- FLSA Section 14(c) Advisor
Timeliness Issues and the Payment of Special Minimum Wages (SMWs) Under FLSA Section 14(c)
The payment of SMWs and overtime compensation must ordinarily be made at the regular payday for the workweek or, when the pay period covers more than a single week, at the regular payday for the period in which the particular workweek ends.
Employers who pay SMWs to workers with disabilities must also keep in mind the following :
- No pay period under the McNamara-OHara Service Contract Act (SCA) may be longer than semi-monthly, and employers may not be more than one pay period behind in the payment of wages.
- Prevailing wage rates must be reviewed at least once a year, and adjustments to commensurate wages must be implemented by the end of the next completed pay period after the review.
- The productivity of workers with disabilities paid an hourly SMW rate must be measured within the first 30 days of their employment and no less then every six months thereafter. Needed adjustments to raise workers to the correct commensurate wage must be implemented by the end of the next completed pay period after the work measurement. Some consulting organizations have advised employers to pay a training wage amounting to a specific percentage (often 50 percent) of the prevailing wage during the initial period before the worker with a disability is evaluated. Paying such a provisional rate is acceptable so long as the employer understands that it must make up the difference if the subsequent evaluation indicates that the training rate was below the employees commensurate rate. Should the provisional training rate actually exceed the appropriate commensurate wage rate, employers may not recoup any overpayments in future work weeks because these employees are still being paid below the FLSA Section 6(a) minimum wage.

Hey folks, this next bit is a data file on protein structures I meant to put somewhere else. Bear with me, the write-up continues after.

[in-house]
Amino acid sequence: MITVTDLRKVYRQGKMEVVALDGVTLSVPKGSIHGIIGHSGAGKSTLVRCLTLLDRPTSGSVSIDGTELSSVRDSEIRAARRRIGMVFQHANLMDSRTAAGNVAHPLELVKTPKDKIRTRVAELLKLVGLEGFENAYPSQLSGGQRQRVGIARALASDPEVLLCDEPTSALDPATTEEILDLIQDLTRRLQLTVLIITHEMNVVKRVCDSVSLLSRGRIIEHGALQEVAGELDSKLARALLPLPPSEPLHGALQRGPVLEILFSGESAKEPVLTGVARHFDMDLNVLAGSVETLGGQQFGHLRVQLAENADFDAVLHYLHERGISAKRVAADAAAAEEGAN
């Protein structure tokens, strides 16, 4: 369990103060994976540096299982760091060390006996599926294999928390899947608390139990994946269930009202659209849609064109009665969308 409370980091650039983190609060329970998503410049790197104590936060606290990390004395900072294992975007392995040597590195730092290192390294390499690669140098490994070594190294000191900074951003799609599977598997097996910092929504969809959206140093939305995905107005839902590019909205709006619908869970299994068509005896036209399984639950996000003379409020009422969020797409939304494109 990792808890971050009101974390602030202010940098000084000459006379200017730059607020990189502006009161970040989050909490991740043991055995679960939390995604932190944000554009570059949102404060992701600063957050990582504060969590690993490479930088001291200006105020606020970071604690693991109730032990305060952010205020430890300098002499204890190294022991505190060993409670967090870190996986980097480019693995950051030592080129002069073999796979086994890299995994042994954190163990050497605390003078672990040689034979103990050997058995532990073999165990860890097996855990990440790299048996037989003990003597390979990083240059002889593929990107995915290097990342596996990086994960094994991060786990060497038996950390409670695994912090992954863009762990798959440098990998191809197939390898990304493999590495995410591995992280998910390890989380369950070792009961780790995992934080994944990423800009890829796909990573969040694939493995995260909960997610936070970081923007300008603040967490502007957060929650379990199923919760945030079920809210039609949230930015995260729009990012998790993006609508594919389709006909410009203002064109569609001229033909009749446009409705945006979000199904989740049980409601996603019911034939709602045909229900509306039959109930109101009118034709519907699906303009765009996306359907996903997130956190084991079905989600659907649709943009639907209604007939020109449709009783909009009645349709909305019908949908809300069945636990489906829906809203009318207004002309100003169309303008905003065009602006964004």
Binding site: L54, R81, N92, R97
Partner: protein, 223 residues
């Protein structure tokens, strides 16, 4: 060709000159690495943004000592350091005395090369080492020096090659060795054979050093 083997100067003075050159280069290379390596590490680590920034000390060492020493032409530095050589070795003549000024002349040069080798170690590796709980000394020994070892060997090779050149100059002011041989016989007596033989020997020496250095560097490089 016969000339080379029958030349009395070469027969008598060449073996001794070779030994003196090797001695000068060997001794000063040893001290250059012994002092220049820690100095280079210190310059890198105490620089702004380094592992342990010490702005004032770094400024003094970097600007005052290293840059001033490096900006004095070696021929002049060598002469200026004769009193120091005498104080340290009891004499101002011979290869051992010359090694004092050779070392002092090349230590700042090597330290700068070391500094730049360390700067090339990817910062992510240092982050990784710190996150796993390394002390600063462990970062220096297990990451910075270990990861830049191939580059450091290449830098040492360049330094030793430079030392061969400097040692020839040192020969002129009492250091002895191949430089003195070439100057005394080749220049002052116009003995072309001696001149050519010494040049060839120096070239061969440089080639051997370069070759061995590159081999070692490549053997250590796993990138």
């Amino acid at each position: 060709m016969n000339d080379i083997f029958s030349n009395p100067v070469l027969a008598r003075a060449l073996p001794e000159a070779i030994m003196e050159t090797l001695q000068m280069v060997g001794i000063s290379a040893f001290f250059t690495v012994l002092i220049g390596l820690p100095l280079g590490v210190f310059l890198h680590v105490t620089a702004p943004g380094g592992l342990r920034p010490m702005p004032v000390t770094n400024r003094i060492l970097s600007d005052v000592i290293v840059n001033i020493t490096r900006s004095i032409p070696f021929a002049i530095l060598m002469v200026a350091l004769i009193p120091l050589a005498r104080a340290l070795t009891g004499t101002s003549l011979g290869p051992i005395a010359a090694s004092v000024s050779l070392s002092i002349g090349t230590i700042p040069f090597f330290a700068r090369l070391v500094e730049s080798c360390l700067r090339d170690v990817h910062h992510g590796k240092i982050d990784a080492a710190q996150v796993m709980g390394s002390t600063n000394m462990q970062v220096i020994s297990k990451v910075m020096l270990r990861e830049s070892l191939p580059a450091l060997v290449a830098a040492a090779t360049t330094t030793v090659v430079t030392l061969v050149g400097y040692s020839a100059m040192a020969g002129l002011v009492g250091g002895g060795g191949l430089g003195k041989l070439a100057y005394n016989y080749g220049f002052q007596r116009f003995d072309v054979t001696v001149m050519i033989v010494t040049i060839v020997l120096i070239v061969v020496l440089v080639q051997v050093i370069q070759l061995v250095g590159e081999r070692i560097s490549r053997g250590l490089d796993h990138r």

- Certificates authorizing the payment of SMWs are issued with both an effective date and an expiration date. The certificate, along with the employers authorization to pay special minimum wages, will expire on the indicated date unless the employer properly files an application for renewal with the U.S. Department of Labor Wage and Hour Division before the expiration date. If an application for renewal has been properly and timely filed, an existing certificate shall remain in effect until the application for renewal has been granted or denied. But when a certificate expires and no application of renewal has been properly and timely filed, an employer would be required to pay all workers covered by the FLSA at least the full minimum wage (or where applicable, the full SCA wage determination rate) for all work performed after the certificate expiration date.
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